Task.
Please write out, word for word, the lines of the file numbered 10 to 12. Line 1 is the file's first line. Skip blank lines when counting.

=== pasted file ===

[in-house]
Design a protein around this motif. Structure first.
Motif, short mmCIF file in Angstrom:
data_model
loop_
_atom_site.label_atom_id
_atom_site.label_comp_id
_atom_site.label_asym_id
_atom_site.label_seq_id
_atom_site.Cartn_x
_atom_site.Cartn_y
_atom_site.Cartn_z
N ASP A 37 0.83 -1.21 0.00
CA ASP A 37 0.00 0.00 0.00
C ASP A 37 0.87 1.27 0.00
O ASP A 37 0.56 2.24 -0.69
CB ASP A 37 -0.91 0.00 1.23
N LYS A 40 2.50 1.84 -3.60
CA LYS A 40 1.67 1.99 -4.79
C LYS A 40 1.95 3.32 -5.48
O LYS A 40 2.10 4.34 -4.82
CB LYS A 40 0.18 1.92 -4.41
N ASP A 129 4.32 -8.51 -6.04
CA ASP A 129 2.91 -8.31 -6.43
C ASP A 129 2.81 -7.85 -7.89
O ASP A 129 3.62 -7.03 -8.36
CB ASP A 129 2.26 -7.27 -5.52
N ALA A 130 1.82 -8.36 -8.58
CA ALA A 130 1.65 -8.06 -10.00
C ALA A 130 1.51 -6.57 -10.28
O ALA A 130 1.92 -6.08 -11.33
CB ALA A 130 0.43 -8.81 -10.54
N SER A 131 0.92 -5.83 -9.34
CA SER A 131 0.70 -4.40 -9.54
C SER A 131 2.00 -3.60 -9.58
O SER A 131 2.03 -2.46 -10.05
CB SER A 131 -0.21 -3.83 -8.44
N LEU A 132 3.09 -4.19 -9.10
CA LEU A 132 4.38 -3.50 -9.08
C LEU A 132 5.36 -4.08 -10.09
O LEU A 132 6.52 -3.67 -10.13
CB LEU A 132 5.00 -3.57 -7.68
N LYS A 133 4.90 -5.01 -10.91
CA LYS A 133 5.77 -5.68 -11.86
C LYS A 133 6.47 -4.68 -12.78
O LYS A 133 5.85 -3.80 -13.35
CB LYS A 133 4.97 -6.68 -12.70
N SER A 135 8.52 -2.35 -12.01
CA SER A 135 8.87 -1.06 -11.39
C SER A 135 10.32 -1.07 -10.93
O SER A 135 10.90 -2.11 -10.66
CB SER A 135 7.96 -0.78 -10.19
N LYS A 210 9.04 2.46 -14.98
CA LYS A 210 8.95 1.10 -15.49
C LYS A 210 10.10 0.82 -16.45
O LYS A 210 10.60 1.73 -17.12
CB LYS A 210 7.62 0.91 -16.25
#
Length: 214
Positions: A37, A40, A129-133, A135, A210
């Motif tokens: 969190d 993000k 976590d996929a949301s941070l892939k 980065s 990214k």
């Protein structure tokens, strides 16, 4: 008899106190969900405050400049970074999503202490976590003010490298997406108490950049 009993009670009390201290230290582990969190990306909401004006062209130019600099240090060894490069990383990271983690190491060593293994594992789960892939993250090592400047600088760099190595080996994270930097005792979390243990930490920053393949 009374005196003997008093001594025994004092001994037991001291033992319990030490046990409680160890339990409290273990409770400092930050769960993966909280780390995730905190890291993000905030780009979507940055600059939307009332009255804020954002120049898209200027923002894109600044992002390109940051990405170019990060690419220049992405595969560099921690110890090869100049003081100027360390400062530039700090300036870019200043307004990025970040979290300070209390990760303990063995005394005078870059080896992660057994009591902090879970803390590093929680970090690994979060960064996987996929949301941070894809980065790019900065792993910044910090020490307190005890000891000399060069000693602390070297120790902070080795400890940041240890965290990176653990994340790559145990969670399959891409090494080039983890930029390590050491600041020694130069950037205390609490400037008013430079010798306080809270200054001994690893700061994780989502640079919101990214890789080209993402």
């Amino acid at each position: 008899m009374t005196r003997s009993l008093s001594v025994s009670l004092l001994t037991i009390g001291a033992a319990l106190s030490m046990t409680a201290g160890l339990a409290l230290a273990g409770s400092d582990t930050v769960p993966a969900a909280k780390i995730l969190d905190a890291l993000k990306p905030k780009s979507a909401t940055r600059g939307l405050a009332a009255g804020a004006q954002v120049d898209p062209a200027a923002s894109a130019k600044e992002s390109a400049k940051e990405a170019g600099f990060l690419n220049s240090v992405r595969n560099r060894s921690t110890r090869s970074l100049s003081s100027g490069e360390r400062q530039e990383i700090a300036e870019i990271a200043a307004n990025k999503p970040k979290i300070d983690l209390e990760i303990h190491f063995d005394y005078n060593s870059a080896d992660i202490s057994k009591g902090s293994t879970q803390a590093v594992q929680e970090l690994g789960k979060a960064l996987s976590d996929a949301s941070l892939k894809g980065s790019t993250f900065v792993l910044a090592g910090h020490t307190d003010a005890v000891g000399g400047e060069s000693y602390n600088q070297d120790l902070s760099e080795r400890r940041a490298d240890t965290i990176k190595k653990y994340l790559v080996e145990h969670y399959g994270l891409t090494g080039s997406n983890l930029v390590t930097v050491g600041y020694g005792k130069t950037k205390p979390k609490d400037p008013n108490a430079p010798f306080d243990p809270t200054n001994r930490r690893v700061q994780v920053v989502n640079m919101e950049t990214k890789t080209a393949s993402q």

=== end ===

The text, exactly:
_atom_site.Cartn_x
_atom_site.Cartn_y
_atom_site.Cartn_z